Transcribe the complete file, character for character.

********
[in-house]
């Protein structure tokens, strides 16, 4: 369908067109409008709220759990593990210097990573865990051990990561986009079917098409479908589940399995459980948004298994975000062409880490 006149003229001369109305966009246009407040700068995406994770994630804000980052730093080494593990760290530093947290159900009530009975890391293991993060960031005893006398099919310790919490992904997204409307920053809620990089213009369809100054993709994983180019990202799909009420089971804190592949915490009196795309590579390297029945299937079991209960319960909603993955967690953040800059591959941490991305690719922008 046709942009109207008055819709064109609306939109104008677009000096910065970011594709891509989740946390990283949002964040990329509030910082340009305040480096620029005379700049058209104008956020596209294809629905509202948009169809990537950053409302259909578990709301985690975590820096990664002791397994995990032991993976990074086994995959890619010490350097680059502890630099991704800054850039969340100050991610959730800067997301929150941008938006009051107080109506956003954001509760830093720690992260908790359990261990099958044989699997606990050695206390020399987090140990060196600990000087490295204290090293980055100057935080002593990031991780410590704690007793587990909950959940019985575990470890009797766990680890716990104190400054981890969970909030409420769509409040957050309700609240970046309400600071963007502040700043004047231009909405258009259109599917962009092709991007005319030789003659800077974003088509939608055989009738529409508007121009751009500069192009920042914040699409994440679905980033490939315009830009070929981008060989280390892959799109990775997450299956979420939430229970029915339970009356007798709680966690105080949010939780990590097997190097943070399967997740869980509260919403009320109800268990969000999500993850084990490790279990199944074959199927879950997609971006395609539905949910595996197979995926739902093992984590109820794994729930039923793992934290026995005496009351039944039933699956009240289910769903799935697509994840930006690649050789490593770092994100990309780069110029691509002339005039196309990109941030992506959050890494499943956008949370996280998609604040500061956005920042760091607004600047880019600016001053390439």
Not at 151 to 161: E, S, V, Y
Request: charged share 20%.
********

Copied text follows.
[in-house]
């Protein structure tokens, strides 16, 4: 369908067109409008709220759990593990210097990573865990051990990561986009079917098409479908589940399995459980948004298994975000062409880490 006149003229001369109305966009246009407040700068995406994770994630804000980052730093080494593990760290530093947290159900009530009975890391293991993060960031005893006398099919310790919490992904997204409307920053809620990089213009369809100054993709994983180019990202799909009420089971804190592949915490009196795309590579390297029945299937079991209960319960909603993955967690953040800059591959941490991305690719922008 046709942009109207008055819709064109609306939109104008677009000096910065970011594709891509989740946390990283949002964040990329509030910082340009305040480096620029005379700049058209104008956020596209294809629905509202948009169809990537950053409302259909578990709301985690975590820096990664002791397994995990032991993976990074086994995959890619010490350097680059502890630099991704800054850039969340100050991610959730800067997301929150941008938006009051107080109506956003954001509760830093720690992260908790359990261990099958044989699997606990050695206390020399987090140990060196600990000087490295204290090293980055100057935080002593990031991780410590704690007793587990909950959940019985575990470890009797766990680890716990104190400054981890969970909030409420769509409040957050309700609240970046309400600071963007502040700043004047231009909405258009259109599917962009092709991007005319030789003659800077974003088509939608055989009738529409508007121009751009500069192009920042914040699409994440679905980033490939315009830009070929981008060989280390892959799109990775997450299956979420939430229970029915339970009356007798709680966690105080949010939780990590097997190097943070399967997740869980509260919403009320109800268990969000999500993850084990490790279990199944074959199927879950997609971006395609539905949910595996197979995926739902093992984590109820794994729930039923793992934290026995005496009351039944039933699956009240289910769903799935697509994840930006690649050789490593770092994100990309780069110029691509002339005039196309990109941030992506959050890494499943956008949370996280998609604040500061956005920042760091607004600047880019600016001053390439």
Not at 151 to 161: E, S, V, Y
Request: charged share 20%.